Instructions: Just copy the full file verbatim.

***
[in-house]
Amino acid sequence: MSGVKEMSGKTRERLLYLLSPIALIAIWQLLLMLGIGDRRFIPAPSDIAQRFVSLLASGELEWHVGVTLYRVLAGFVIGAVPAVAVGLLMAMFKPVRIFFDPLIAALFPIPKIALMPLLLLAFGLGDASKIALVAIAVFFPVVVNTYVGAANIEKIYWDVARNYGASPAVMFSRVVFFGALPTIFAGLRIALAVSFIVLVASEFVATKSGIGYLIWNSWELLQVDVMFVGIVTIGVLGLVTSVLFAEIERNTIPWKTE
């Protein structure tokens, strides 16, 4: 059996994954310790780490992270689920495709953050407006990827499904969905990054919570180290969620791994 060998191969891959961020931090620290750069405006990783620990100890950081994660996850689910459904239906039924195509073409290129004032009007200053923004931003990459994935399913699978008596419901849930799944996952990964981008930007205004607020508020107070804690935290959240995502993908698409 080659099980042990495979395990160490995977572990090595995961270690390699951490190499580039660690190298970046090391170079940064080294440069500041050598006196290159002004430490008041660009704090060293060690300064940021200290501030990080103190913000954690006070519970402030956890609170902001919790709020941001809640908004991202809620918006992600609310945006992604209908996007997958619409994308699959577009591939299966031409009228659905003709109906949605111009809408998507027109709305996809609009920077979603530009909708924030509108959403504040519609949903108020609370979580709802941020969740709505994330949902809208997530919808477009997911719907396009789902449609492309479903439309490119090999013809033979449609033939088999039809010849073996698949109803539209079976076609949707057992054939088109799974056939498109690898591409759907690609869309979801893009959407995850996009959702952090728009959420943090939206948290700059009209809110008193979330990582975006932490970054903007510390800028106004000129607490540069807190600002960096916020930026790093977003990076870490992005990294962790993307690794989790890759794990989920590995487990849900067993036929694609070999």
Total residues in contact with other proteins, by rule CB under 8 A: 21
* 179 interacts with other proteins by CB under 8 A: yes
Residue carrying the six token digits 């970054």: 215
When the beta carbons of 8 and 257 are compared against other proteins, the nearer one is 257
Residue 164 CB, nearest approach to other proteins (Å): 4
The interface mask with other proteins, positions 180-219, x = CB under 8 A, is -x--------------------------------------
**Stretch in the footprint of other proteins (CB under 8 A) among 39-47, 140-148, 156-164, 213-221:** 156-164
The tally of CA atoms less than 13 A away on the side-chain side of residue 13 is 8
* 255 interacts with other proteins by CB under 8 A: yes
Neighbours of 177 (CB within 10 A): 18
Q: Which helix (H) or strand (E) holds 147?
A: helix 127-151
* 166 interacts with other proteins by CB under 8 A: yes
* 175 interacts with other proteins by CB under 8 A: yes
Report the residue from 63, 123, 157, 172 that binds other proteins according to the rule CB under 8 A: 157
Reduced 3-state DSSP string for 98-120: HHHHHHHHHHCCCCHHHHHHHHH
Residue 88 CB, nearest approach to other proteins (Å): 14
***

[in-house]
Amino acid sequence: MSGVKEMSGKTRERLLYLLSPIALIAIWQLLLMLGIGDRRFIPAPSDIAQRFVSLLASGELEWHVGVTLYRVLAGFVIGAVPAVAVGLLMAMFKPVRIFFDPLIAALFPIPKIALMPLLLLAFGLGDASKIALVAIAVFFPVVVNTYVGAANIEKIYWDVARNYGASPAVMFSRVVFFGALPTIFAGLRIALAVSFIVLVASEFVATKSGIGYLIWNSWELLQVDVMFVGIVTIGVLGLVTSVLFAEIERNTIPWKTE
């Protein structure tokens, strides 16, 4: 059996994954310790780490992270689920495709953050407006990827499904969905990054919570180290969620791994 060998191969891959961020931090620290750069405006990783620990100890950081994660996850689910459904239906039924195509073409290129004032009007200053923004931003990459994935399913699978008596419901849930799944996952990964981008930007205004607020508020107070804690935290959240995502993908698409 080659099980042990495979395990160490995977572990090595995961270690390699951490190499580039660690190298970046090391170079940064080294440069500041050598006196290159002004430490008041660009704090060293060690300064940021200290501030990080103190913000954690006070519970402030956890609170902001919790709020941001809640908004991202809620918006992600609310945006992604209908996007997958619409994308699959577009591939299966031409009228659905003709109906949605111009809408998507027109709305996809609009920077979603530009909708924030509108959403504040519609949903108020609370979580709802941020969740709505994330949902809208997530919808477009997911719907396009789902449609492309479903439309490119090999013809033979449609033939088999039809010849073996698949109803539209079976076609949707057992054939088109799974056939498109690898591409759907690609869309979801893009959407995850996009959702952090728009959420943090939206948290700059009209809110008193979330990582975006932490970054903007510390800028106004000129607490540069807190600002960096916020930026790093977003990076870490992005990294962790993307690794989790890759794990989920590995487990849900067993036929694609070999």
Total residues in contact with other proteins, by rule CB under 8 A: 21
* 179 interacts with other proteins by CB under 8 A: yes
Residue carrying the six token digits 């970054």: 215
When the beta carbons of 8 and 257 are compared against other proteins, the nearer one is 257
Residue 164 CB, nearest approach to other proteins (Å): 4
The interface mask with other proteins, positions 180-219, x = CB under 8 A, is -x--------------------------------------
**Stretch in the footprint of other proteins (CB under 8 A) among 39-47, 140-148, 156-164, 213-221:** 156-164
The tally of CA atoms less than 13 A away on the side-chain side of residue 13 is 8
* 255 interacts with other proteins by CB under 8 A: yes
Neighbours of 177 (CB within 10 A): 18
Q: Which helix (H) or strand (E) holds 147?
A: helix 127-151
* 166 interacts with other proteins by CB under 8 A: yes
* 175 interacts with other proteins by CB under 8 A: yes
Report the residue from 63, 123, 157, 172 that binds other proteins according to the rule CB under 8 A: 157
Reduced 3-state DSSP string for 98-120: HHHHHHHHHHCCCCHHHHHHHHH
Residue 88 CB, nearest approach to other proteins (Å): 14